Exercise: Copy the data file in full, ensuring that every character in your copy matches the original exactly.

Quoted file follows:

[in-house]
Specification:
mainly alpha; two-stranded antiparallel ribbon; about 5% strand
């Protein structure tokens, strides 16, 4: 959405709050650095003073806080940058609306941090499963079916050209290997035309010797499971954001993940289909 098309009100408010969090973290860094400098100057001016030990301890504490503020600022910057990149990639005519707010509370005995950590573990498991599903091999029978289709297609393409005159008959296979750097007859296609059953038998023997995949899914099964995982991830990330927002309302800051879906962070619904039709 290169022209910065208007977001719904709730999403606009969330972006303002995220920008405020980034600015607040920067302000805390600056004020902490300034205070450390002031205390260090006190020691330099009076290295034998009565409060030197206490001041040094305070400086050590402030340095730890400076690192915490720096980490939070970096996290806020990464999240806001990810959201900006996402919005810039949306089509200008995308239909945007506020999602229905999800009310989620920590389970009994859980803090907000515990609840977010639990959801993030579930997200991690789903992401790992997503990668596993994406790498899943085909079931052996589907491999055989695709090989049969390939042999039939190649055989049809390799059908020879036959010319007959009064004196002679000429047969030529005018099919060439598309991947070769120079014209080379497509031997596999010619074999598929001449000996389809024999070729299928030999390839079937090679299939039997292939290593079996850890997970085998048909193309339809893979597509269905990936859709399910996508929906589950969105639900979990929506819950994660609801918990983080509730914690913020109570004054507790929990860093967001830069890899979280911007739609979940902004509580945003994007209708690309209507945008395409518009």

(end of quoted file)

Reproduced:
[in-house]
Specification:
mainly alpha; two-stranded antiparallel ribbon; about 5% strand
């Protein structure tokens, strides 16, 4: 959405709050650095003073806080940058609306941090499963079916050209290997035309010797499971954001993940289909 098309009100408010969090973290860094400098100057001016030990301890504490503020600022910057990149990639005519707010509370005995950590573990498991599903091999029978289709297609393409005159008959296979750097007859296609059953038998023997995949899914099964995982991830990330927002309302800051879906962070619904039709 290169022209910065208007977001719904709730999403606009969330972006303002995220920008405020980034600015607040920067302000805390600056004020902490300034205070450390002031205390260090006190020691330099009076290295034998009565409060030197206490001041040094305070400086050590402030340095730890400076690192915490720096980490939070970096996290806020990464999240806001990810959201900006996402919005810039949306089509200008995308239909945007506020999602229905999800009310989620920590389970009994859980803090907000515990609840977010639990959801993030579930997200991690789903992401790992997503990668596993994406790498899943085909079931052996589907491999055989695709090989049969390939042999039939190649055989049809390799059908020879036959010319007959009064004196002679000429047969030529005018099919060439598309991947070769120079014209080379497509031997596999010619074999598929001449000996389809024999070729299928030999390839079937090679299939039997292939290593079996850890997970085998048909193309339809893979597509269905990936859709399910996508929906589950969105639900979990929506819950994660609801918990983080509730914690913020109570004054507790929990860093967001830069890899979280911007739609979940902004509580945003994007209708690309209507945008395409518009």